“A Tale of Thousand Stars” First Impressions (Ep.1 to 4)

The most anticipated Thai BL, “A Tale of Thousand Stars” has finally premiered, and fans of GMMTV as well as BL dramas across the globe are over the moon about it. It’s hard to step onto social media without seeing #EarthMix within seconds. The two actors are stunning archetypes of modern conventions of what we expect from BL dramas, the main couple.

I sometimes wonder if it’s a good thing to get exactly what you expect from a show’s couple. Earth, tall, broad, and muscular with a roughness to his appearance versus Mixx’s beauty and almost grace, both’s impressions mirror the Yaoi manga portrayals of characters familiar to fans.

Interestingly, very few people pay attention to the implications these archetypes play into, on how we perceive the characters we love. The taller broader man is almost always the dominant in the relationship, in our minds even before they show any sign of it, while the frequently shorter, leaner, more beautiful character is submissive in most instances. Examples: Fighter/Tutor “Why R U The Series” Toya/Yukito “Carcaptors” Pete/Kao “Kiss Me Again.” Most politically correct people feel this is an outdated approach to creating a couple used in a Boy’s Love series. But to many, it’s just a sense of familiarity and something to be expected. Mainly because these series are primarily based on novels written by women who fantasize that culture. While in anime, the hair color is the defining feature, in shows like these, it really is the body types that define what to expect.

The reason why I pointed this out was because a large portion of “1000 Stars” seems to have similar concerns. It all comes together into a lovely story that builds around the death of a woman who was on the cusp of starting a new life. Now that torch is passed to a spoiled rich young man who lived a very nihilistic life before his circumstances changed. Traveling to the impoverished village where that woman taught and enriched lives, he tries to step into her role as a teacher. But soon discovers there is much more to being a teacher than calling yourself one. That story follows the different events that we have come to expect from this redemption storyline(arriving to become a fish out of water – setting the bar of success too high – failing at that and endangering someone – getting harsh treatment – trying again – getting help from everyone the character could have just asked from the start – gaining an understanding of their situation – applying that knowledge to their own lives – choosing to stay in the new place). What sets it apart is that Tian (Mix Sahaphap) has no one to accomplish this for but himself.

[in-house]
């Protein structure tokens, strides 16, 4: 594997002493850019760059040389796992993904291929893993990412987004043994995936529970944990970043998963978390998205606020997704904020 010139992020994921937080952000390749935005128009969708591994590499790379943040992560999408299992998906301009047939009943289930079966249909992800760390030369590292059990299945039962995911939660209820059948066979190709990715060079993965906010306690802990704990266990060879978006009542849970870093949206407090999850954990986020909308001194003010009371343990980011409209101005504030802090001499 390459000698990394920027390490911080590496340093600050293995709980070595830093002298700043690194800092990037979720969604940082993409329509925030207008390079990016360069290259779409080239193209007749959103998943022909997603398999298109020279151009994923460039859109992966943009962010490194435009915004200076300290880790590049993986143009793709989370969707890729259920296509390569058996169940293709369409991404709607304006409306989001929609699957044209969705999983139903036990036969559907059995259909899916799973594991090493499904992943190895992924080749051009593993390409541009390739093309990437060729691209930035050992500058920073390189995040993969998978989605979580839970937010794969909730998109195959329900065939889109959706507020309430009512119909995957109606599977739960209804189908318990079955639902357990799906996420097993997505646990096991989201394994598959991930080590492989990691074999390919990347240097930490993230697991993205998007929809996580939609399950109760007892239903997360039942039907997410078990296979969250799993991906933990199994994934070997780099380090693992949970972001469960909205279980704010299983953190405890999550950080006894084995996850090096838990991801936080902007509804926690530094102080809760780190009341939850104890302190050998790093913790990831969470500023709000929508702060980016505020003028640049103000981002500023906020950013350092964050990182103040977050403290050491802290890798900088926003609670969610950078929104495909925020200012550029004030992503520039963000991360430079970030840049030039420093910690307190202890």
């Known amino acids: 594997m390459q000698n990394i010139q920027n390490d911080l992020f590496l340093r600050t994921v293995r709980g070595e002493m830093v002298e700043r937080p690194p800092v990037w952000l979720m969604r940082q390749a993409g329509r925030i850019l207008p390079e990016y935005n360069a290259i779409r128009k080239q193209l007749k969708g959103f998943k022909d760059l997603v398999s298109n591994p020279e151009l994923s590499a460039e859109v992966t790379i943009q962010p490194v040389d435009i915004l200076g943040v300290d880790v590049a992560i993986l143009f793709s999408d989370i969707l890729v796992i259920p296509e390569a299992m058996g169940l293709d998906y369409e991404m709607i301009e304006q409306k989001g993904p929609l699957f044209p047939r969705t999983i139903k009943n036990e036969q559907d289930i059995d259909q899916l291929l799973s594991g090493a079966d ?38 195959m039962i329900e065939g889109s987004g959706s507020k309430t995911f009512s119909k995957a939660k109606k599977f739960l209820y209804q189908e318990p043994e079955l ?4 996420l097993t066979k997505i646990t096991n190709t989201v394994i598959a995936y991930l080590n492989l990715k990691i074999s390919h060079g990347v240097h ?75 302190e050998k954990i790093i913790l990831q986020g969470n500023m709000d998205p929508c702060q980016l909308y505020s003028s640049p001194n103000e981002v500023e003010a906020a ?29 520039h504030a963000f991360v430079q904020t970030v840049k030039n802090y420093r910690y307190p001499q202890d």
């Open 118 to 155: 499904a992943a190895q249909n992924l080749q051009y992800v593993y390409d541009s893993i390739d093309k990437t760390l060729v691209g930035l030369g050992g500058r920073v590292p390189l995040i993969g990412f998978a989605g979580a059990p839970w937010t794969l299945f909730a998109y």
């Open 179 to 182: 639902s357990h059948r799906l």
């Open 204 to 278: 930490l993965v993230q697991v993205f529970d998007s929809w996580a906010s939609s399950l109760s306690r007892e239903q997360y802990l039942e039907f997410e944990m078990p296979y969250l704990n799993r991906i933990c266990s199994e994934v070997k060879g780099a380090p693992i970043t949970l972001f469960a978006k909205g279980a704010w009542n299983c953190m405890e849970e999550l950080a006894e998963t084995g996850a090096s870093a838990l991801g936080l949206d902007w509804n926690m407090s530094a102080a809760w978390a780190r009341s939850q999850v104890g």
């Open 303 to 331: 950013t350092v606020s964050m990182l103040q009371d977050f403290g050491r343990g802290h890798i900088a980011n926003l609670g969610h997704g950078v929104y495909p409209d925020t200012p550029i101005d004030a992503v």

Usually, there is some reason based on which the said character undergoes a massive change and learns to love their new self. Whether it’s a breakup, losing a friend, or a job, life-altering events change their perception of themselves, and they have to rise to meet their newly grown expectations for life. Tian gets his second chance at life, and literally, everyone wants him to be exactly how he was before, albeit a little more respectful, but mostly no one expects anything from him. Usually, in stories where the wild child has to mature and be a better man, there is an actual reason for it “Cause You’re My Boy” ’s Mork realizing he has to handle his reactions better to be worthy of Tee’s love and handle his homophobic mother’s machinations for example. But Tian abandons his old life for this new one where for six months he will be a teacher in a village on the borders of the region.

I choose to believe that the reason for this redemption is that, he wants to feel worthy of the heart that beats in his chest. The heart that he surreptitiously received on Torfun’s (Aye Sarunchana) sudden accidental death! Tian had been diagnosed with an incurable heart disease, that was killing him slowly. With a “Devil May Care Attitude”, he lived every day like it was his last. Drinking, smoking, and racing in his high-priced car were some of the insane things he enjoyed. A lot of concepts in ATOTS is open to interpretation which can be a good thing or a bad thing based on what your perceptions. In the first episode, we have unexpected meeting between our main leads where both are in posh hotel setting and walk past each other without recognizing the other. They are mere strangers at this point and yet Tian experiences a strange resonance. This scene was pretty confusing. Why is Phupha there? How does a Forest Ranger have clothes like that, and how does this scene help in the overall narrative? The answer doesn’t present itself right there but is left for you to decide.

The show does a fantastic job of creating moods through music and the Director’s keen eye for detail. We as viewers experience the different lifestyles of the characters as smooth transitions move between the three main characters. Whether in the polished splendor of Tian’s upscale life or the brightly lush forests that surround the village Torfun and Phupua spend their time in, I never felt numb to any scene. Unlike many shows that GMMTV offer, this one focuses more heavily on portrayal as compared to visual diagnostics. Sometimes we get it wrong, but that is, I assume, the Director’s intention. From the earliest scenes, it’s implied that Phupha and Torfun were a couple, but in the latest episodes, Phupua calls her his beloved sister. Things like these keep me hooked as I’m waiting to understand more about these characters as well as their underlying connection to each other.